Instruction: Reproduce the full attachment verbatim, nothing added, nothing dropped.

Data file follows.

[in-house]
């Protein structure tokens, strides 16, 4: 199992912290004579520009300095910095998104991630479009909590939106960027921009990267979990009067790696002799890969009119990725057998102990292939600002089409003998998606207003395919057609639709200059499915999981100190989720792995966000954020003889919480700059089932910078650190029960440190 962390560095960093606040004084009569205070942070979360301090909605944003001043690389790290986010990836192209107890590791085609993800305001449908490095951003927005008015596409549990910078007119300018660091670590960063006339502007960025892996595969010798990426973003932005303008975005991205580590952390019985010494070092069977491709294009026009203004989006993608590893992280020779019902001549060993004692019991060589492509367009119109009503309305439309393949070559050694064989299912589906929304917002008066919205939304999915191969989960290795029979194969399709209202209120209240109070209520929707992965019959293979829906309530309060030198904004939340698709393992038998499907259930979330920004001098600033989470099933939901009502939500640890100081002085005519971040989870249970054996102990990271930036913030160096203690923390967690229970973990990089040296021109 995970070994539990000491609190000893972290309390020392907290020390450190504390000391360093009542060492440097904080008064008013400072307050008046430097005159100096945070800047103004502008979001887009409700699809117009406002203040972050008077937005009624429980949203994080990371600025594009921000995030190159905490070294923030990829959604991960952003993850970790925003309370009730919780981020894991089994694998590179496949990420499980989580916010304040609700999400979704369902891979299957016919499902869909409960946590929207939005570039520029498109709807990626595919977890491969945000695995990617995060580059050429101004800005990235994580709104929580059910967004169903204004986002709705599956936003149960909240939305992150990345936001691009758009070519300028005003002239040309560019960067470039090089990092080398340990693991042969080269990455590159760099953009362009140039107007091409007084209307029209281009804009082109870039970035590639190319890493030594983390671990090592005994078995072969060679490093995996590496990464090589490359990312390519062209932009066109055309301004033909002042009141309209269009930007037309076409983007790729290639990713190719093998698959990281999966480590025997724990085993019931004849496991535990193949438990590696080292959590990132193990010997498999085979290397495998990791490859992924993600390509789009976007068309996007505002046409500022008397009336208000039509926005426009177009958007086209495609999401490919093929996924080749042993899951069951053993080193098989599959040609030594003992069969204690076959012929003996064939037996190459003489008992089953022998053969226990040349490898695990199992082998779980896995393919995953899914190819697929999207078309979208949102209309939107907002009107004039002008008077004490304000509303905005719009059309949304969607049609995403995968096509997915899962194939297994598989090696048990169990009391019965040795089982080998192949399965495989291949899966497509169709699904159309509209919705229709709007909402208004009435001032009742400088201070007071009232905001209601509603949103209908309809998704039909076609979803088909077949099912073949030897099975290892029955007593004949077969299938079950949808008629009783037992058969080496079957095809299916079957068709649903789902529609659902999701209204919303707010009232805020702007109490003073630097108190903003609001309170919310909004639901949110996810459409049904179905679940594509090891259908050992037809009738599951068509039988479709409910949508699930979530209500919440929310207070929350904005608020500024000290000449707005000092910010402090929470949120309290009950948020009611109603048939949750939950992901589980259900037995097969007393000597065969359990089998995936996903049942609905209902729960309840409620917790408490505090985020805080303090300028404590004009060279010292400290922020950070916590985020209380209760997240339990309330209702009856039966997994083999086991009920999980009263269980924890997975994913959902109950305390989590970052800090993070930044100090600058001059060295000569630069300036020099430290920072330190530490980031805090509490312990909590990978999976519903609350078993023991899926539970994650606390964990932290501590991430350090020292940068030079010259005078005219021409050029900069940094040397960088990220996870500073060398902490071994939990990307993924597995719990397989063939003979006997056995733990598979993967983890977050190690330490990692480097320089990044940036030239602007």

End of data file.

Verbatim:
[in-house]
């Protein structure tokens, strides 16, 4: 199992912290004579520009300095910095998104991630479009909590939106960027921009990267979990009067790696002799890969009119990725057998102990292939600002089409003998998606207003395919057609639709200059499915999981100190989720792995966000954020003889919480700059089932910078650190029960440190 962390560095960093606040004084009569205070942070979360301090909605944003001043690389790290986010990836192209107890590791085609993800305001449908490095951003927005008015596409549990910078007119300018660091670590960063006339502007960025892996595969010798990426973003932005303008975005991205580590952390019985010494070092069977491709294009026009203004989006993608590893992280020779019902001549060993004692019991060589492509367009119109009503309305439309393949070559050694064989299912589906929304917002008066919205939304999915191969989960290795029979194969399709209202209120209240109070209520929707992965019959293979829906309530309060030198904004939340698709393992038998499907259930979330920004001098600033989470099933939901009502939500640890100081002085005519971040989870249970054996102990990271930036913030160096203690923390967690229970973990990089040296021109 995970070994539990000491609190000893972290309390020392907290020390450190504390000391360093009542060492440097904080008064008013400072307050008046430097005159100096945070800047103004502008979001887009409700699809117009406002203040972050008077937005009624429980949203994080990371600025594009921000995030190159905490070294923030990829959604991960952003993850970790925003309370009730919780981020894991089994694998590179496949990420499980989580916010304040609700999400979704369902891979299957016919499902869909409960946590929207939005570039520029498109709807990626595919977890491969945000695995990617995060580059050429101004800005990235994580709104929580059910967004169903204004986002709705599956936003149960909240939305992150990345936001691009758009070519300028005003002239040309560019960067470039090089990092080398340990693991042969080269990455590159760099953009362009140039107007091409007084209307029209281009804009082109870039970035590639190319890493030594983390671990090592005994078995072969060679490093995996590496990464090589490359990312390519062209932009066109055309301004033909002042009141309209269009930007037309076409983007790729290639990713190719093998698959990281999966480590025997724990085993019931004849496991535990193949438990590696080292959590990132193990010997498999085979290397495998990791490859992924993600390509789009976007068309996007505002046409500022008397009336208000039509926005426009177009958007086209495609999401490919093929996924080749042993899951069951053993080193098989599959040609030594003992069969204690076959012929003996064939037996190459003489008992089953022998053969226990040349490898695990199992082998779980896995393919995953899914190819697929999207078309979208949102209309939107907002009107004039002008008077004490304000509303905005719009059309949304969607049609995403995968096509997915899962194939297994598989090696048990169990009391019965040795089982080998192949399965495989291949899966497509169709699904159309509209919705229709709007909402208004009435001032009742400088201070007071009232905001209601509603949103209908309809998704039909076609979803088909077949099912073949030897099975290892029955007593004949077969299938079950949808008629009783037992058969080496079957095809299916079957068709649903789902529609659902999701209204919303707010009232805020702007109490003073630097108190903003609001309170919310909004639901949110996810459409049904179905679940594509090891259908050992037809009738599951068509039988479709409910949508699930979530209500919440929310207070929350904005608020500024000290000449707005000092910010402090929470949120309290009950948020009611109603048939949750939950992901589980259900037995097969007393000597065969359990089998995936996903049942609905209902729960309840409620917790408490505090985020805080303090300028404590004009060279010292400290922020950070916590985020209380209760997240339990309330209702009856039966997994083999086991009920999980009263269980924890997975994913959902109950305390989590970052800090993070930044100090600058001059060295000569630069300036020099430290920072330190530490980031805090509490312990909590990978999976519903609350078993023991899926539970994650606390964990932290501590991430350090020292940068030079010259005078005219021409050029900069940094040397960088990220996870500073060398902490071994939990990307993924597995719990397989063939003979006997056995733990598979993967983890977050190690330490990692480097320089990044940036030239602007």